Updated 21st October
Covering the period 27th October - 18th November
Drier and cloudier than average, mild temperatures in the north, possibly wet towards mid-November
Temperatures, relative to the 1981-2010 reference period, will be 1 to 2C above average in most parts of the UK but eastern England will generally be less than 1C above.
Rainfall totals will be below average, though generally not exceptionally so due to an anticipated wet end to the period (though there is far more uncertainty over the wet end to the period than the dry weather during the first third of November). North-east Scotland is most likely to be significantly drier than average, while south-west England and south Wales are most likely to reach close to average rainfall.
Sunshine totals across the UK will generally be below average, particularly in southern and central parts of England.
Monday Monday 27th October - Sunday 2nd November
Although this period will start off with changeable westerlies, high pressure will build quickly from the south, and by the 29th most of the country will be dominated by high pressure. Although there is some uncertainty over how long the high pressure will last, it is probable that it will lie close to the British Isles through to the end of the period, and is likely to become centred in the North Sea during the second half of the period, bringing southerly winds.
Thus, significant rainfall is likely to be confined to the 27th and 28th, when it will mainly affect Scotland (especially the west of Scotland) and Northern Ireland, and from the 29th onwards, the high pressure will keep the weather dry and settled for all parts of the UK, with the possible exception of north-west Scotland, which will be more prone to weather systems moving around the north-western flank of the high pressure. With winds coming in from the south or south-west, temperatures will generally be warm for the time of year, except in central, southern and eastern England, where a greater continental influence may result in temperatures falling close to the seasonal norm.
Consequently, mean temperatures during this period will range from within a degree of the 1981-2010 normal in most eastern and central parts of England, to a few degrees above in the north and west of Scotland, with intervening regions of the UK mostly between 1 and 2C above, and rainfall totals will be well below average except in the north-west of Scotland where they may be close to normal. Most regions of the UK will have slightly below average sunshine but with considerable local variations depending on the precise location of banks of cloud rotating around the high pressure, so some individual locations may end up quite sunny. A significant shortage of sunshine is expected, however, in all locations in Northern Ireland and in western Scotland.
Monday 3rd November - Sunday 9th November
Highest pressure is likely to become centred over Scandinavia during this period which will bring easterly and south-easterly winds to the British Isles, but it is unlikely that we will pick up any particularly cold air from eastern Russia- it is more likely that we will end up with fairly warm air masses coming up from south-eastern Europe. Thus the first half of the period will be mostly dry and cloudy for eastern and central parts of the British Isles, with temperatures near average by day, but generally above average by night. Western parts of the country, however, are likely to be sunnier than average. Relatively unsettled weather is likely to try to push in from the North Atlantic during the second half of the period, resulting in some rain at times for western parts of Britain but some eastern parts of the country may see out the period without any rainfall. Temperatures are likely to fall close to or slightly below average during the second half of the period.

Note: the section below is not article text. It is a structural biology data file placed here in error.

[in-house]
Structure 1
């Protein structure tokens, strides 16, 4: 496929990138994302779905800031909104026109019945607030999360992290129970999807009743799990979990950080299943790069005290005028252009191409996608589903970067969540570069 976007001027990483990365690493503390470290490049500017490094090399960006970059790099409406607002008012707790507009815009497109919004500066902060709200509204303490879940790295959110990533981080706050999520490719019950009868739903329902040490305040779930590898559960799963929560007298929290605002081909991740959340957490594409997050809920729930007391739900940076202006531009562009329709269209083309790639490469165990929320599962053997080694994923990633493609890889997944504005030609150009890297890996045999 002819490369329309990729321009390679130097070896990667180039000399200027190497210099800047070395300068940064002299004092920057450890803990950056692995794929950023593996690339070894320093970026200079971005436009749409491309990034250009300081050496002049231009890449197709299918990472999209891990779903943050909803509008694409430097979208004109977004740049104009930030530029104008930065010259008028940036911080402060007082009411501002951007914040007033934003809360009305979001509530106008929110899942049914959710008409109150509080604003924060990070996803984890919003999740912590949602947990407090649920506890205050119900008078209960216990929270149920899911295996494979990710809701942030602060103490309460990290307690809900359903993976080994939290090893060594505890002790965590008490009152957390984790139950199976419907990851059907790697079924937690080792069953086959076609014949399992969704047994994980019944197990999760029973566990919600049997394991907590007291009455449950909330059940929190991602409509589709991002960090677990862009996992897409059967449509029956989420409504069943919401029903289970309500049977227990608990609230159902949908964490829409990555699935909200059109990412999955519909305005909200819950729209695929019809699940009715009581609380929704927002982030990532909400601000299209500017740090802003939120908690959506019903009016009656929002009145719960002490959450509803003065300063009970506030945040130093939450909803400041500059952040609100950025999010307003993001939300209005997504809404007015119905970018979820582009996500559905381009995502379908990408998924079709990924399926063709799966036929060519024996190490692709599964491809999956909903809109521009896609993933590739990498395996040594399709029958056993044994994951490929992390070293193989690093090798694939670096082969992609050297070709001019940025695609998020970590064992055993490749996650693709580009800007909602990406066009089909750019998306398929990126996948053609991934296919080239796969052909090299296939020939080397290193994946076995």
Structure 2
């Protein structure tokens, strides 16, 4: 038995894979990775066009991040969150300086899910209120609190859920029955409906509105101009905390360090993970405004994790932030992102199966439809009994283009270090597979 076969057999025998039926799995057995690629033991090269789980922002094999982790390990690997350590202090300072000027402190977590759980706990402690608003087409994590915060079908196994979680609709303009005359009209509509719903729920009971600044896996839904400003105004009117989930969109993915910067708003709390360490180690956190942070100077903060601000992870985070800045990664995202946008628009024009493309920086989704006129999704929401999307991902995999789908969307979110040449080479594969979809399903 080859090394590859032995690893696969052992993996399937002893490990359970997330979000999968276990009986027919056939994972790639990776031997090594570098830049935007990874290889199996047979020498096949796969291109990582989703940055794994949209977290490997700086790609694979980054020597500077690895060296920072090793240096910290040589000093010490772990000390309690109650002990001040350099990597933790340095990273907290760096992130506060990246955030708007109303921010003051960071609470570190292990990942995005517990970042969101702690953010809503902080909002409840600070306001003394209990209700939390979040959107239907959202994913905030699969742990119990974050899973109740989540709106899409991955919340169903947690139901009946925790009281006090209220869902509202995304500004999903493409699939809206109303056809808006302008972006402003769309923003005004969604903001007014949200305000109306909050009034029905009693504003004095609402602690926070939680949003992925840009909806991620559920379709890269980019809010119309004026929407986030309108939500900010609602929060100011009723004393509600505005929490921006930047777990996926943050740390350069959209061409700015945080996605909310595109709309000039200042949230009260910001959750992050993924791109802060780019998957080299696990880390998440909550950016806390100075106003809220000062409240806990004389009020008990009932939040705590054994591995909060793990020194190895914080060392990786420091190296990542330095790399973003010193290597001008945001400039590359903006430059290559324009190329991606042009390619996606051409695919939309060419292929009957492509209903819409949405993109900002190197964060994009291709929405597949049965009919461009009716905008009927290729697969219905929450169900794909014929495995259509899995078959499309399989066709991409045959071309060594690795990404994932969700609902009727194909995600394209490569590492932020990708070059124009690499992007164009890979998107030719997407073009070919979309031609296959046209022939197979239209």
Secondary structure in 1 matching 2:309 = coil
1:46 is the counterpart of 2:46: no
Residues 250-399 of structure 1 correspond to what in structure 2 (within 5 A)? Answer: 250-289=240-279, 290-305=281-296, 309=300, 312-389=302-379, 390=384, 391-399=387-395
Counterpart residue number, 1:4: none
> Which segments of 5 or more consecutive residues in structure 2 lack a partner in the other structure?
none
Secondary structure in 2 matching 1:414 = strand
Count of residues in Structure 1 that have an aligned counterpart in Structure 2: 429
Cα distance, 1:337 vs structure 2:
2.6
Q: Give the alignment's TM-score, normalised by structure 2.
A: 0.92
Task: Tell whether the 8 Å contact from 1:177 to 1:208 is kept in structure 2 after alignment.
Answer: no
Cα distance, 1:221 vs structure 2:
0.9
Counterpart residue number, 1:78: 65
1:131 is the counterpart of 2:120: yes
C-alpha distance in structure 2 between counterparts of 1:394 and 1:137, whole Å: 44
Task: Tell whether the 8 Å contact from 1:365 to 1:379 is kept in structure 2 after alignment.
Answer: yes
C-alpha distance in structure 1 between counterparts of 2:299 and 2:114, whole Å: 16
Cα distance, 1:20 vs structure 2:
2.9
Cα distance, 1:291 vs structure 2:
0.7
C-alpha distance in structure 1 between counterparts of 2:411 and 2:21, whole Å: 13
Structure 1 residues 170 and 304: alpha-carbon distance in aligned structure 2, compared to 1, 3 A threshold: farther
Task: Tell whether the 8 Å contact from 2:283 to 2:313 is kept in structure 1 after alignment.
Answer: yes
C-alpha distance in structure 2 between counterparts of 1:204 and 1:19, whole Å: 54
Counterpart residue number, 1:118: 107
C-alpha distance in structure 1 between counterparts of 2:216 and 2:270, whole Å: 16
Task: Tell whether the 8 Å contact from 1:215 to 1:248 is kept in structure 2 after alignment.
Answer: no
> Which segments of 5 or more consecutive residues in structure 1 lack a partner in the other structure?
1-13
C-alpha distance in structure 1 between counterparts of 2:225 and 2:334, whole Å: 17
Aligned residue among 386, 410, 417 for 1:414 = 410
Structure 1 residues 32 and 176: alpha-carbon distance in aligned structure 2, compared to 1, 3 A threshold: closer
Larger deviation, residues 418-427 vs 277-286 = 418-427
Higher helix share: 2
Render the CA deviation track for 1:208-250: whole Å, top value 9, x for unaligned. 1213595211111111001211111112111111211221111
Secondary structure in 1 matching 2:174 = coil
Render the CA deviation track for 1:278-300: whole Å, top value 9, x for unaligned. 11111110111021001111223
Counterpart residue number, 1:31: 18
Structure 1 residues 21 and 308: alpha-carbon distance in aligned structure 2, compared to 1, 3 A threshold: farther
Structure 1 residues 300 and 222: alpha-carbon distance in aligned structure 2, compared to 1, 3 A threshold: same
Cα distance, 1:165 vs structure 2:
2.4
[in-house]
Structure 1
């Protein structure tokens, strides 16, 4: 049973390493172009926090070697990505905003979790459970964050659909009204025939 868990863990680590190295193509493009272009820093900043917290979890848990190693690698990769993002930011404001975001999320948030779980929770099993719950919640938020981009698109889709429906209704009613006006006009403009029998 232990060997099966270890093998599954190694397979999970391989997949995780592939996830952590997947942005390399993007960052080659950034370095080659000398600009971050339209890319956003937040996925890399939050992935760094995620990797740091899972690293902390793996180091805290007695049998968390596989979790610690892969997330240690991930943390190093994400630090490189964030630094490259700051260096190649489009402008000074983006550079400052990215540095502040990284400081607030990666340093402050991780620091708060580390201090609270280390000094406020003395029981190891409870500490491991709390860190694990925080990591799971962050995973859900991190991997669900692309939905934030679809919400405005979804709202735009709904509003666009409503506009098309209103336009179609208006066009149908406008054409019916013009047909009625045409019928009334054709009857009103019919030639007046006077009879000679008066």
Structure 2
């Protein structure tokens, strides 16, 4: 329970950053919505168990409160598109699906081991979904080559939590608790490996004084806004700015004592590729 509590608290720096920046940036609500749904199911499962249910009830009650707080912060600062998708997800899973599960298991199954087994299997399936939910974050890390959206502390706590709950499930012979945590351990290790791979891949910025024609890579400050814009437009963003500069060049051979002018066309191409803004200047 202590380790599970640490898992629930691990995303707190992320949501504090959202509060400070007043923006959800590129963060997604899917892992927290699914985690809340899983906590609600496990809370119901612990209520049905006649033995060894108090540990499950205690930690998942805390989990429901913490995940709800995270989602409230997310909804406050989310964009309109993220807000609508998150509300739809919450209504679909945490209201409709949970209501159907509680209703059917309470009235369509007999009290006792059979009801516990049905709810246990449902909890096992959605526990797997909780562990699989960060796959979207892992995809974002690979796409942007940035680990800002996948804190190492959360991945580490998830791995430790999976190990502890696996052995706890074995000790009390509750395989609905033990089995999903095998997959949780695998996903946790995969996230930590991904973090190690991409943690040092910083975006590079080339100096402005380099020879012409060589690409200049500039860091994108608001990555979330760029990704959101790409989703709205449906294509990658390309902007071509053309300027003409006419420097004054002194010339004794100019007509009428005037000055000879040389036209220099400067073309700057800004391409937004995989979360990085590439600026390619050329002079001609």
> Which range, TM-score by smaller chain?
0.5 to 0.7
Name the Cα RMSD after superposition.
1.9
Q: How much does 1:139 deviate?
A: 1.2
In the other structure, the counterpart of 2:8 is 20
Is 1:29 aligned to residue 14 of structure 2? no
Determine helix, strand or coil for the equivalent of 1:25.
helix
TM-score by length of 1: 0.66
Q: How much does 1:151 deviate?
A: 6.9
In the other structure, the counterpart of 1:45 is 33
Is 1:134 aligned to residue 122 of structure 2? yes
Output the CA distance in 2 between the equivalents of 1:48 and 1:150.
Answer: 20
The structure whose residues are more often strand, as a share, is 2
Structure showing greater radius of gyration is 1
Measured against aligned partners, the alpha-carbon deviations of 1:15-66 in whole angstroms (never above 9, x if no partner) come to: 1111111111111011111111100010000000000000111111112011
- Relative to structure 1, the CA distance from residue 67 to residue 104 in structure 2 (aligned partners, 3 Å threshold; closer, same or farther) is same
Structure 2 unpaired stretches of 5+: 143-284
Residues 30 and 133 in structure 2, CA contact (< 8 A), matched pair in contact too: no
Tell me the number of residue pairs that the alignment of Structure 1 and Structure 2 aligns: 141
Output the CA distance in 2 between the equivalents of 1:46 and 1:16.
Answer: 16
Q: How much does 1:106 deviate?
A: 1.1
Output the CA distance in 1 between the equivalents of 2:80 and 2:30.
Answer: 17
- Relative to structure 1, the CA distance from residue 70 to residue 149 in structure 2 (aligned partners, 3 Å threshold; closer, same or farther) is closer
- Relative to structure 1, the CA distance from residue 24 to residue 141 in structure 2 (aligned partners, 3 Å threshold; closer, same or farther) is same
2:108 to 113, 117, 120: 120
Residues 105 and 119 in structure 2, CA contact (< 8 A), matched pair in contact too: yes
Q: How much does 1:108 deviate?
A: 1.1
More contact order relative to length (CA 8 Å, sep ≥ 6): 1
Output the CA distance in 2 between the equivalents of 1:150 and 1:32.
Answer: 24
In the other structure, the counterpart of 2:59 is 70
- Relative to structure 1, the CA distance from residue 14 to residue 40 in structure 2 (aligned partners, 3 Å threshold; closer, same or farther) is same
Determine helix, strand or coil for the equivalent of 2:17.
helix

Temperatures will generally be close to the 1981-2010 average except in Scotland, where positive anomalies of 1 to 2C are likely, with the largest positive anomalies in north-eastern Scotland. Rainfall totals will again be generally below normal although some parts of western Britain may reach close to average rainfall due to wetter weather in the second half of the period. Sunshine totals will be below average in eastern Britain but generally close to average in the west.
Rest of the month
Monday 10th November - Tuesday 18th November
This period is most likely to be characterised by a cyclonic and fairly cool pattern with low pressure dominant over the UK and low pressure systems often taking a more southerly track than usual. It is unlikely to be especially cold, though, because the dominance of low pressure will prevent any air masses from a long way north becoming established over the British Isles. Rainfall totals during this period are likely to be above normal as a result, except in Scotland and Northern Ireland where they may merely be close to normal, and the north of Scotland is more likely to be drier than average. Large positive rainfall anomalies are most likely in the southern half of England and in south Wales. Temperatures are likely to be close to the seasonal norm, with slightly above-average temperatures more likely in southern and central England, and slightly below-average temperatures more likely in Scotland.